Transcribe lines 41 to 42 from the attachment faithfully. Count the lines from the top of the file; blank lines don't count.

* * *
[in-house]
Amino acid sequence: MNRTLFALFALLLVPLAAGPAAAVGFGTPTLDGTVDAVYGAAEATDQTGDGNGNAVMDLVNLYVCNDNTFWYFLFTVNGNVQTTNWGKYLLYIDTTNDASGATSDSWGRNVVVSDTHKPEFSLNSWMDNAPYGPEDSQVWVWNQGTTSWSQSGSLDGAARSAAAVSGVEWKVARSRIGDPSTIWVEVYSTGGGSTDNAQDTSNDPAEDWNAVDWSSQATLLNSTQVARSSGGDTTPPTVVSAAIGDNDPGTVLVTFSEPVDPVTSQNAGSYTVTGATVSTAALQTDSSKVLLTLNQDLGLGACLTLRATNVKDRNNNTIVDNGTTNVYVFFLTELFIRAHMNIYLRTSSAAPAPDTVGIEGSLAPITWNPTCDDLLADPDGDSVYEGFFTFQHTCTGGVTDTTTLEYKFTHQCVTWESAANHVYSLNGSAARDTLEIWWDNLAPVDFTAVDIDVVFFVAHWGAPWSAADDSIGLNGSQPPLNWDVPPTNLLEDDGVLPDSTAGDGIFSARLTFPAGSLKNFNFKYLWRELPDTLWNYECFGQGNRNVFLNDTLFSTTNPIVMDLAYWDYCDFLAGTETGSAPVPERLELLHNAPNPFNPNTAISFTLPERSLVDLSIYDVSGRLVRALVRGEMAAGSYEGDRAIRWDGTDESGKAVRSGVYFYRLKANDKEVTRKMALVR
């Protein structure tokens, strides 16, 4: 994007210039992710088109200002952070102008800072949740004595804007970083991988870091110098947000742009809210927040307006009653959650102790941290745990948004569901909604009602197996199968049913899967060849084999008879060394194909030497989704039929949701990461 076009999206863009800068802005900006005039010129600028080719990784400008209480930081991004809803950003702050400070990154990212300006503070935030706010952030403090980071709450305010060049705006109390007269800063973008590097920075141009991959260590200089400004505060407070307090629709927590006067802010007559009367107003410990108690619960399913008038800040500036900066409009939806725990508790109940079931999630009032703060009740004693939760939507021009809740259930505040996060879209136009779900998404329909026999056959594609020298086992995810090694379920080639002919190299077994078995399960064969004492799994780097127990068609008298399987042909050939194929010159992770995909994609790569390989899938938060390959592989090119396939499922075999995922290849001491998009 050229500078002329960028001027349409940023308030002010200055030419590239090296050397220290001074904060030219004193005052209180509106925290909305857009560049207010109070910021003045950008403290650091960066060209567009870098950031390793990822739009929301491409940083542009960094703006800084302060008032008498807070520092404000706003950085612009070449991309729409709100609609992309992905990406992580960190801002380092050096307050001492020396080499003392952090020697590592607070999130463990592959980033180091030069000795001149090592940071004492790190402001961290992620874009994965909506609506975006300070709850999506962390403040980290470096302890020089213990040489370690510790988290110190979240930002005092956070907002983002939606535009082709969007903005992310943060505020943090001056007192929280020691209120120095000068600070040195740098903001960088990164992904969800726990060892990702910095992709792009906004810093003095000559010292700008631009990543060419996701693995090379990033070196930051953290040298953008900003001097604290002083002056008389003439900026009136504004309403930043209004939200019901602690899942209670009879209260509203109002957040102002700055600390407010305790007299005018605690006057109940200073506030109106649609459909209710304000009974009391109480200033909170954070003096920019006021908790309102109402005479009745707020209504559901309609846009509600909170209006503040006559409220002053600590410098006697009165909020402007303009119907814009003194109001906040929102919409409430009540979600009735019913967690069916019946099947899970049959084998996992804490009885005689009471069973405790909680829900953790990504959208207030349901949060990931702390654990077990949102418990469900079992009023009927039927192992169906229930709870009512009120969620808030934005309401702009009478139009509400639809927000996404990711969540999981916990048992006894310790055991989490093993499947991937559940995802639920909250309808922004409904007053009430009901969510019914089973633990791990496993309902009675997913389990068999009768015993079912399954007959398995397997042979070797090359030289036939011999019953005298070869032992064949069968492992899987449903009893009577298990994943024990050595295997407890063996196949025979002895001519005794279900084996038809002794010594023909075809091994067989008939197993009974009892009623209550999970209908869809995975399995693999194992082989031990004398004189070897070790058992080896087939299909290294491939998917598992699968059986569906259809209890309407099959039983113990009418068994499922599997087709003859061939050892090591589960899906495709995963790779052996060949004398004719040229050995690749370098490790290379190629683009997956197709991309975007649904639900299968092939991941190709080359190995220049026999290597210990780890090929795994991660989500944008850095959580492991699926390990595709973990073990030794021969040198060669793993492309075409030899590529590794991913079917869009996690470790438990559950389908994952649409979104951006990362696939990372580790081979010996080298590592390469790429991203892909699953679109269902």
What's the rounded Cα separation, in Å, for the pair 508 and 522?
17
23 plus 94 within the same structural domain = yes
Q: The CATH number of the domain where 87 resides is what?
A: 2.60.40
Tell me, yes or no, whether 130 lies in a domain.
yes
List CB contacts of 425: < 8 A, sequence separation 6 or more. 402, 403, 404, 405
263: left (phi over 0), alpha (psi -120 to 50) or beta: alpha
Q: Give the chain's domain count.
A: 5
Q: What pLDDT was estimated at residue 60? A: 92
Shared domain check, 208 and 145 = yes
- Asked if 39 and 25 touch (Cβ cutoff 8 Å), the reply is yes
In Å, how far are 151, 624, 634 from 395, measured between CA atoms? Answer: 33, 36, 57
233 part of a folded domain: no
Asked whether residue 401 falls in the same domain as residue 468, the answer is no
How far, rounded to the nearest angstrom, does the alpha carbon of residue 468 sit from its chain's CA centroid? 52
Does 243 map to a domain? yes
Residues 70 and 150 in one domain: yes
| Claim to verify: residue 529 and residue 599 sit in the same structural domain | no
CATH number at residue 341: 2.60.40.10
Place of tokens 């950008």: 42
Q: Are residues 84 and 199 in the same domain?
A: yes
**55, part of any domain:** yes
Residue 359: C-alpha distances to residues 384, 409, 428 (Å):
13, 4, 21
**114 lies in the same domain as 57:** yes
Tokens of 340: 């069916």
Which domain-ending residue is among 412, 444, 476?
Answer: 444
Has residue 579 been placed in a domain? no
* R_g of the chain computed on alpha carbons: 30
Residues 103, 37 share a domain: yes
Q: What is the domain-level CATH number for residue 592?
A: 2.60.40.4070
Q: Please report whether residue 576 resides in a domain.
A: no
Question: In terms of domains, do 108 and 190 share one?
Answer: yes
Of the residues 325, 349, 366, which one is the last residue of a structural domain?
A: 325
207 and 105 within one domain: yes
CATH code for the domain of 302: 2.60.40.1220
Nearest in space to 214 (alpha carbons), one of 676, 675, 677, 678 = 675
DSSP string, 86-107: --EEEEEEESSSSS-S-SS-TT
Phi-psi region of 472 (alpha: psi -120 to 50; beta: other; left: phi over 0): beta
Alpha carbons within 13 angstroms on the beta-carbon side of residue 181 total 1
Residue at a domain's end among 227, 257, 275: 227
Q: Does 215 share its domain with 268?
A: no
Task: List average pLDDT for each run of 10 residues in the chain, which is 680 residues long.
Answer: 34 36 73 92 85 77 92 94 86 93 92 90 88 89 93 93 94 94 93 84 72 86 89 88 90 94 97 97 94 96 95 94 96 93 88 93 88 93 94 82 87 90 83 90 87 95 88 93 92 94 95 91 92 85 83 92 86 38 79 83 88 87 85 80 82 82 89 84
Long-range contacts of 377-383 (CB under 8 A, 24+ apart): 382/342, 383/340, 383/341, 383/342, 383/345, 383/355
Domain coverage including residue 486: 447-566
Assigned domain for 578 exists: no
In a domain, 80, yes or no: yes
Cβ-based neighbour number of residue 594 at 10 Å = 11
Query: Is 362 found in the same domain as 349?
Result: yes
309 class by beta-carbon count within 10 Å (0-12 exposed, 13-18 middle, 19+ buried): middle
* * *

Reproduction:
Q: Please report whether residue 576 resides in a domain.
A: no